Day in the life of a lecturer in agriculture
Liz Lakesman joined Brooksby Melton College in November 2017 after 10 years working with dairy herds. At 16, she took a two-year BTec diploma course, before working as a herdsman and later stock manager. In between she gained a degree in agriculture at Aberystwyth University, paying her way when studying by working full-time on the university’s dairy farm
What got you into dairy farming?
Taking part in lambing as a child in Scotland and a love of outdoors made me choose farming. I Ieft school to do a level 3 BTec diploma in agriculture at Warwickshire College. I then worked as a herdsman for four years, took a degree, and went into herd management for grass-based dairies around the country before becoming a stock manager. I’d done a bit of teaching on a children’s open farm and had always had it at the back of my mind when my current post came up. My husband said I needed a better work-life balance, so I decided to apply and got the job!
What’s your main role?
I teach farming theory and practice for both extended and subsidiary level 3 BTec diplomas to students aged 16-18. The 11 units I cover focus mainly on livestock although I include a couple of forage elements. I also have a strong tutorship role which means I try to build a really good relationship with all my students. I want to them to feel they can come to me with any problem – and they certainly do! But I enjoy that side of the job – it’s like an extended family.
What FE element do you like most about the job?
It’s knowing I’m the one in charge and that people can trust, respect and have faith in me. It’s about being a positive role model. I don’t come from a farming background myself, so it’s important to show others that they too can succeed in this industry without agriculture being in the family
What’s a typical day?
I get into college around 8.30am after having fed my pigs at home – one adult and four piglets. I go through emails, make sure I’m ready for lessons, check PowerPoint presentations are working, and get up to date with colleagues on the latest college and departmental news. Then I peel off to teach in class, outside or in a shed on the college campus – usually in two-hour blocks through the day.
Describe a couple of activities from last week?
I taught my students how to castrate young lambs, and allowed five students to assist in a caesarian operation on a cow (supported by two vets and three farm staff). None of my students fainted or threw up, so I was very proud of them! When we do the castrations, the boys normally tend to wince and ask: “Are we really meant to do this ourselves?” but the girls love it. You just show them what you are doing and explain it step by step, and then you let them have a go and if they are unsure they can ask me to check their work.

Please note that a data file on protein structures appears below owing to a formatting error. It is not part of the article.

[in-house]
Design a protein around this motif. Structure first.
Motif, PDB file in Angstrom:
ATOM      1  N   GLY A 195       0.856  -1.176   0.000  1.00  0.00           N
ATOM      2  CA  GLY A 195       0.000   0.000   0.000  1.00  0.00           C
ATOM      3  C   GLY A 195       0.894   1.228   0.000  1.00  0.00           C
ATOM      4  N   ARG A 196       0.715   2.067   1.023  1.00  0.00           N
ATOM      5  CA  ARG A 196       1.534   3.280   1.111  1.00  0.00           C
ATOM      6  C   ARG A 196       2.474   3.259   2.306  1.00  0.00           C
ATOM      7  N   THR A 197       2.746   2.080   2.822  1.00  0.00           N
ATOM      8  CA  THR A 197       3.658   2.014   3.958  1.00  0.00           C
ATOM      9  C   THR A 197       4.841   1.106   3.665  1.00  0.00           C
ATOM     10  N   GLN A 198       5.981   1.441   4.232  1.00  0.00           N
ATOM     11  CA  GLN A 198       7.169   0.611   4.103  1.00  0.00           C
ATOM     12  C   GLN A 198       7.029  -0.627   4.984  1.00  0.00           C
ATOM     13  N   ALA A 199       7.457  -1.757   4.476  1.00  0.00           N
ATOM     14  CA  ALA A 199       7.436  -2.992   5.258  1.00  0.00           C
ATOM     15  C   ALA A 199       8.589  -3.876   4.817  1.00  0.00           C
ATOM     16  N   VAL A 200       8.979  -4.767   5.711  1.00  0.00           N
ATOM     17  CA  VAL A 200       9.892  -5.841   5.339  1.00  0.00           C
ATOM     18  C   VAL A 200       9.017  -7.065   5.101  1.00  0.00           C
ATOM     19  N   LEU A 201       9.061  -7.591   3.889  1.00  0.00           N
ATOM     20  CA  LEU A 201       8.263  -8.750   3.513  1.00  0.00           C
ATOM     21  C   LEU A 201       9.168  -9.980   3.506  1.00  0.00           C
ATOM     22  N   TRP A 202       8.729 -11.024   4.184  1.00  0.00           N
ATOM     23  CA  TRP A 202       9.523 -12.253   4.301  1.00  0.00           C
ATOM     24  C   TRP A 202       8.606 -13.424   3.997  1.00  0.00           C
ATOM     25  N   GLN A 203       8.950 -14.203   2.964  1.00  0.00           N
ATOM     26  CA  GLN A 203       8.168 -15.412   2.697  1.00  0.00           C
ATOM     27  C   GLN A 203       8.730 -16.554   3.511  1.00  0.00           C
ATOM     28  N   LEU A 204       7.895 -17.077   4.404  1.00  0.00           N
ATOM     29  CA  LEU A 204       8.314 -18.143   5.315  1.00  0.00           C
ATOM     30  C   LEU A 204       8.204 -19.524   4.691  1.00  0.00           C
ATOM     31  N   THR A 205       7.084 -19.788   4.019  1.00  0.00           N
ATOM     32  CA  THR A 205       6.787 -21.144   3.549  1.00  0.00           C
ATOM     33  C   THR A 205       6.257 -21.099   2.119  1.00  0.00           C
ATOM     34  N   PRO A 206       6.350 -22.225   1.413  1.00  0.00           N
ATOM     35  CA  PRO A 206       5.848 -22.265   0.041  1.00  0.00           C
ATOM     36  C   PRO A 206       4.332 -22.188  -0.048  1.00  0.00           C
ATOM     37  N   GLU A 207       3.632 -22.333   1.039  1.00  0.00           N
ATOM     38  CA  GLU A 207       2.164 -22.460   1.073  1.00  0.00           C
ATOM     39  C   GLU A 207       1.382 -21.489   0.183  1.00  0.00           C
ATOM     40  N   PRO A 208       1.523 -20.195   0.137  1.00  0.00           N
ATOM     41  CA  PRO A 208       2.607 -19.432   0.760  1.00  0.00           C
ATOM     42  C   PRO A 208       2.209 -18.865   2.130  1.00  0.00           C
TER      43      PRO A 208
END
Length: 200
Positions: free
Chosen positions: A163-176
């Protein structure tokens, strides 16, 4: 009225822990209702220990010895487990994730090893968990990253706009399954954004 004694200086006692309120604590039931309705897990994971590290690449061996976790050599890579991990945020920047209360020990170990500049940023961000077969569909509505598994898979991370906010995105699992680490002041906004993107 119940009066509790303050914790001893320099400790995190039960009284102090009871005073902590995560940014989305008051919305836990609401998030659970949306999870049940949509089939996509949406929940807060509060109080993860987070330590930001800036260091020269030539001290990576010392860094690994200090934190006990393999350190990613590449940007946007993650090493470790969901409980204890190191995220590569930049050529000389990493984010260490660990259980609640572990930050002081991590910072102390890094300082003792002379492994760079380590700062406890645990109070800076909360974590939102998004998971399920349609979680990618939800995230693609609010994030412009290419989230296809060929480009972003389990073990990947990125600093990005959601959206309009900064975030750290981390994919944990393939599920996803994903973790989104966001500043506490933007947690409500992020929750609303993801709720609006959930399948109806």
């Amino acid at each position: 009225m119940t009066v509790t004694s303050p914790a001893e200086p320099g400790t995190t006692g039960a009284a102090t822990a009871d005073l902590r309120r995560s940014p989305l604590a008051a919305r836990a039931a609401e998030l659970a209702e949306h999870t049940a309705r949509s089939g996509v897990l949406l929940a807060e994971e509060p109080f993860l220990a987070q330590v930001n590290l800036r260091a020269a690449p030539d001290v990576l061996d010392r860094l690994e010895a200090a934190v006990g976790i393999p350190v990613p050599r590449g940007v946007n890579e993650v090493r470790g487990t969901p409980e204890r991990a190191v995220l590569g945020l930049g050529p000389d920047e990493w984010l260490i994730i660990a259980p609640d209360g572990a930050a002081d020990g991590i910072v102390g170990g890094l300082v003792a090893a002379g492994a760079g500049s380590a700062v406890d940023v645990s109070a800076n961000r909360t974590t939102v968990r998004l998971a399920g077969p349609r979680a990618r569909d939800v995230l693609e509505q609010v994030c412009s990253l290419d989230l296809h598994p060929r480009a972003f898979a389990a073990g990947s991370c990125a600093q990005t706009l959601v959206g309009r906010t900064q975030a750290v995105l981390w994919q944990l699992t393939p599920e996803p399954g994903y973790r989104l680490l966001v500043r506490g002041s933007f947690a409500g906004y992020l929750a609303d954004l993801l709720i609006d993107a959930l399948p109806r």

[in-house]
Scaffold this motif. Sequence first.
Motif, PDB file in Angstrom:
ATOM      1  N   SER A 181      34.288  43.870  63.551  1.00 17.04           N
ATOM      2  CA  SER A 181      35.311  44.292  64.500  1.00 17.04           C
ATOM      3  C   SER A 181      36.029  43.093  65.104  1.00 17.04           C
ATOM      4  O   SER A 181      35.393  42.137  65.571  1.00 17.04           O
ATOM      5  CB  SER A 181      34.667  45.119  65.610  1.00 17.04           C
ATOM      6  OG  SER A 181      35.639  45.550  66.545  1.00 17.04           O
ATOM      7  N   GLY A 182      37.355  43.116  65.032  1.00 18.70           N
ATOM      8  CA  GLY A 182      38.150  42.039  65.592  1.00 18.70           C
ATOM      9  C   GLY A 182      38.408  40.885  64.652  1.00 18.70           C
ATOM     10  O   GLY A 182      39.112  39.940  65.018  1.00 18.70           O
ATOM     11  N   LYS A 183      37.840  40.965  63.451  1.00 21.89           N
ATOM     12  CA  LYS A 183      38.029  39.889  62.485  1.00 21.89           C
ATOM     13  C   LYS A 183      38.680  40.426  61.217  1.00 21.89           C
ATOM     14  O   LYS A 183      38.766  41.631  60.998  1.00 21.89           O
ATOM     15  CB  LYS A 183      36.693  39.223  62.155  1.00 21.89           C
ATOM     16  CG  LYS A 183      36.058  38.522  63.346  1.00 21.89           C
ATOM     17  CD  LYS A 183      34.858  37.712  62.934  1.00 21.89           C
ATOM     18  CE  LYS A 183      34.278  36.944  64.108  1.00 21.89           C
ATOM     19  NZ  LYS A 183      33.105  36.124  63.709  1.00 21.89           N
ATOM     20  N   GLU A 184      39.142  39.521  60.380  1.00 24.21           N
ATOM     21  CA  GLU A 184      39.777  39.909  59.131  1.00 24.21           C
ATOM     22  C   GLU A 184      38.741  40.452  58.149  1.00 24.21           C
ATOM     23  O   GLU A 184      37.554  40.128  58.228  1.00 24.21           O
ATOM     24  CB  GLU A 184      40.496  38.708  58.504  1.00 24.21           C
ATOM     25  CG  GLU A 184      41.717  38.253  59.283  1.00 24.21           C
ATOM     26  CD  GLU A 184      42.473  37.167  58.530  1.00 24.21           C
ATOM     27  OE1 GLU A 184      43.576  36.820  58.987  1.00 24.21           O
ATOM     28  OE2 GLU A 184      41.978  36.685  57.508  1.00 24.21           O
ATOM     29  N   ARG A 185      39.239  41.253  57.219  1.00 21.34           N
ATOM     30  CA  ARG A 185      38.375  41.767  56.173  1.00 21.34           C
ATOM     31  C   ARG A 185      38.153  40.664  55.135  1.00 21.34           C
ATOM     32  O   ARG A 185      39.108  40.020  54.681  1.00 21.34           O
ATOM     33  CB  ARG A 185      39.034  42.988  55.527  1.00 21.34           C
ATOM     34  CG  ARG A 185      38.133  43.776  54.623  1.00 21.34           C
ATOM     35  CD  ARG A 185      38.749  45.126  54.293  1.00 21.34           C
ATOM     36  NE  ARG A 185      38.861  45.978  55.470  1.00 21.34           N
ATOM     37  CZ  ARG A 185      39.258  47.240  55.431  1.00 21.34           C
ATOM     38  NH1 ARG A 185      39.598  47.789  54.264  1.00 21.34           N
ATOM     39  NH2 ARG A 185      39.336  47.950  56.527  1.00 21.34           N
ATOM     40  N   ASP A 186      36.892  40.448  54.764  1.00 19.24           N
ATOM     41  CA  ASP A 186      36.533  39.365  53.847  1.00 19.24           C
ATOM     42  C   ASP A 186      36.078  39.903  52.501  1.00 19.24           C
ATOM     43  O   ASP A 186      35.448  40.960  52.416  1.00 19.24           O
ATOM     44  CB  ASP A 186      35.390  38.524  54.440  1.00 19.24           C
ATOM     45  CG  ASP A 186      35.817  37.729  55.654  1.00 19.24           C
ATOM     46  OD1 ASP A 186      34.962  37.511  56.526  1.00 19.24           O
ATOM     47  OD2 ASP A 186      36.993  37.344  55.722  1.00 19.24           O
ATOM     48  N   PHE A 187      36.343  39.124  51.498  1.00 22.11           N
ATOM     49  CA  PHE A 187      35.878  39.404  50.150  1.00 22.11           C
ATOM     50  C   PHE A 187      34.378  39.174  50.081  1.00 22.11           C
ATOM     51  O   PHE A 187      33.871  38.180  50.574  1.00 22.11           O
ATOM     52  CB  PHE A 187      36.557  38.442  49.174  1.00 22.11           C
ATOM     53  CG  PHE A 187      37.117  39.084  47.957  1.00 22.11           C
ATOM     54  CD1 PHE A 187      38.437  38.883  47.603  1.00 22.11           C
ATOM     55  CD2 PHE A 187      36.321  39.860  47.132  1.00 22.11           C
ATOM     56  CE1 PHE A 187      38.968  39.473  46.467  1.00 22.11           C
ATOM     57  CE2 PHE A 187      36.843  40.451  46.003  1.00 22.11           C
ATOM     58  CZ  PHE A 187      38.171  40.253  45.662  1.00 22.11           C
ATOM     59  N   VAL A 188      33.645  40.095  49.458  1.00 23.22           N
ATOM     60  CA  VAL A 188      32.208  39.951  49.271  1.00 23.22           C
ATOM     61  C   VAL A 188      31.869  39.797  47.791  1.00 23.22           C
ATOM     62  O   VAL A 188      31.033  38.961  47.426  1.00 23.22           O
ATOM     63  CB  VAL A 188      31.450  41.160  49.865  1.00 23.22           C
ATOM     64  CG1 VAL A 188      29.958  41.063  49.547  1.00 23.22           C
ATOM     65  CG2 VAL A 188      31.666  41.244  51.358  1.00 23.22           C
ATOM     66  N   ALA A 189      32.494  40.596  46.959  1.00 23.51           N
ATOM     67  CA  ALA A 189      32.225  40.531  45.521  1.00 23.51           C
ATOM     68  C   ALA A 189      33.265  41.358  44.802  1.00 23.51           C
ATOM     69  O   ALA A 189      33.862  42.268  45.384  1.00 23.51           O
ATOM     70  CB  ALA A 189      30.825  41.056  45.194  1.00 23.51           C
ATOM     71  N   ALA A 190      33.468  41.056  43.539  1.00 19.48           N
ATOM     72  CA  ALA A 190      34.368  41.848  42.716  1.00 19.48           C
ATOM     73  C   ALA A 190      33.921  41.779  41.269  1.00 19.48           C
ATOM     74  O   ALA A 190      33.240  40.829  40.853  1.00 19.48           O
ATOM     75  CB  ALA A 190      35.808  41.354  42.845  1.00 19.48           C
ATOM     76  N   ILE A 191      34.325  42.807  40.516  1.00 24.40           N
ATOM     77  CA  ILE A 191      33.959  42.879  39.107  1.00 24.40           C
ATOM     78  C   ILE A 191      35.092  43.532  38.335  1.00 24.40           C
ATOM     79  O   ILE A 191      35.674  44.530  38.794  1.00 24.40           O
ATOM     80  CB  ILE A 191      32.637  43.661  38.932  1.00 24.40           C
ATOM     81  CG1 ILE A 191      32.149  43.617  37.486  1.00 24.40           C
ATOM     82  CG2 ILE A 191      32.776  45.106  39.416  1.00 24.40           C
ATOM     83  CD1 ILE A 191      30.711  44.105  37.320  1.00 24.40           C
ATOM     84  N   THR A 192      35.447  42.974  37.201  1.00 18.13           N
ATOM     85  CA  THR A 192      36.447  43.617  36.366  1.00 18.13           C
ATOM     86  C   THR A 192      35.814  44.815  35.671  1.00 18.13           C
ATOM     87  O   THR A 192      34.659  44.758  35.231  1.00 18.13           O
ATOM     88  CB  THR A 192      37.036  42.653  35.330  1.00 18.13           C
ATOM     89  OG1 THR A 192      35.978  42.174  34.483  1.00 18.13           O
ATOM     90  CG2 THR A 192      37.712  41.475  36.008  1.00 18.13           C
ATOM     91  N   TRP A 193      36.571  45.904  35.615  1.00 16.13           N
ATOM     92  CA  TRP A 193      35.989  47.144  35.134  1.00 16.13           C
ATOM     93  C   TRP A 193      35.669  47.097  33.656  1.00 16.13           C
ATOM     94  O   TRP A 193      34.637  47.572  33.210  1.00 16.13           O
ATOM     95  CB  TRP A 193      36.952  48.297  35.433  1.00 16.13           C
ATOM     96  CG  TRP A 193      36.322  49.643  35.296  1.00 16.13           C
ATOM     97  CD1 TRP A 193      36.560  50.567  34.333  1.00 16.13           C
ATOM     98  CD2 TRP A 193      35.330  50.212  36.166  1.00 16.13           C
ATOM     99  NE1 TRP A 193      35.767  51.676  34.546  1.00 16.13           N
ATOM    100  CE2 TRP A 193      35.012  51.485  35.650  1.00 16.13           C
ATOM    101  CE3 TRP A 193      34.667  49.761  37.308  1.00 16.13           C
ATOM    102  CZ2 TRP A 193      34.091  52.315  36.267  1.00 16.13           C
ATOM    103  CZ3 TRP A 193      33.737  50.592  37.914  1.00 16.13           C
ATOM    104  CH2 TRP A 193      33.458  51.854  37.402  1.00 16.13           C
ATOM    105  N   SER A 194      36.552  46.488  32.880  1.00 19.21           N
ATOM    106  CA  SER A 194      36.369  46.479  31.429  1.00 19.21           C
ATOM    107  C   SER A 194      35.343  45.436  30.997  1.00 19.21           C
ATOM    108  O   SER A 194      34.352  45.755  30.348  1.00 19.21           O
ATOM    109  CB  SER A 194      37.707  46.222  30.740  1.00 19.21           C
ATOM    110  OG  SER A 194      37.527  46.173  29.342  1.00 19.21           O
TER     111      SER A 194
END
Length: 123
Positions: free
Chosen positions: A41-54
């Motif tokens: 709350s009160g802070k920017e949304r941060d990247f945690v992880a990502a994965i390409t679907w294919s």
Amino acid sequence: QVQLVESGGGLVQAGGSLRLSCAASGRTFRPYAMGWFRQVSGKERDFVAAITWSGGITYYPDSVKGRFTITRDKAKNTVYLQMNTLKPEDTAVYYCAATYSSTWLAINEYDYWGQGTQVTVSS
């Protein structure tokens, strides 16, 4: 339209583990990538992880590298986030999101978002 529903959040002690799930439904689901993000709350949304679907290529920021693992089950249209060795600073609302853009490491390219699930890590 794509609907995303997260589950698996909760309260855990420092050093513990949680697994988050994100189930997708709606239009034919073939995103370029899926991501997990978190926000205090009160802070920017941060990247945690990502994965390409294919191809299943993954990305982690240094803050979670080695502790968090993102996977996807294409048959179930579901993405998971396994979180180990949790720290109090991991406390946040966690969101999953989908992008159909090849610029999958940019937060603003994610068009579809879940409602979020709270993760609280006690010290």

Where do your students go when they leave?
They find a job on local farms, become apprentices or go to university – we have two going this year and had five last year.
What’s the most challenging aspect of your role?
Dealing with sulky students or those who don’t want to participate; it often depends on the day of the week. The last thing on a Wednesday is difficult because that’s the last of the three days each week when they attend college – they all want to go home. Every student has work experience on Thursday and Friday as they need to notch up 300 hours as part of their diploma.
Which subjects do you enjoy teaching most?
I love dairy theory because people have never thought about it before. And I like being the facilitator and showing why we do certain things. I’m fond of leading practical activities as it keeps my hand in and it’s what many students will go on to do.
Which activities inspire your students most?
Most are kinaesthetic learners so they like to go out and do things themselves. If I can prove I can do something for them, they’ll have that extra layer of respect for me. One fell into water through the other day and I was able to show him how to turn off the water supply, mend the ball stop, and redo the plumbing all before the manager could get back and find out! It earned me some kudos because they could see I knew what I was doing! You have to be a jack of all trades on the farm.
Any achievement you are particularly proud of?
My most difficult student last year has become one of my best this year. I earned his respect; I talked to him on a level which he understood and I made time for him.
What personal qualities and skills do you need?
Good people skills, knowing your subject inside out, and being prepared for crazy questions. One student forgot that a baby pig was called a piglet, so I gave her a piglet to hold. It started screaming its head off but I wouldn’t take it off her until she remembered. She won’t forget that again! You also need to be patient, keep your temper, and have a laugh with your students as well as being in control.
You really need a degree – and universities require applicants to have considerable practical experience. Very often a college will sponsor you through a PGCE course – I’m close to finishing mine at Brooksby Melton.
Key questions you’d ask a candidate being interviewed for your type of job?
How would you cope with a stressful situation? (If you don’t know yet, give an idea of how you would handle it). And are you mature enough to switch to teacher mode and not remain in student mode all the time?
What spurs you on to work each day?
Being able to make a difference through teaching people. I also work with a great team … we all work well together.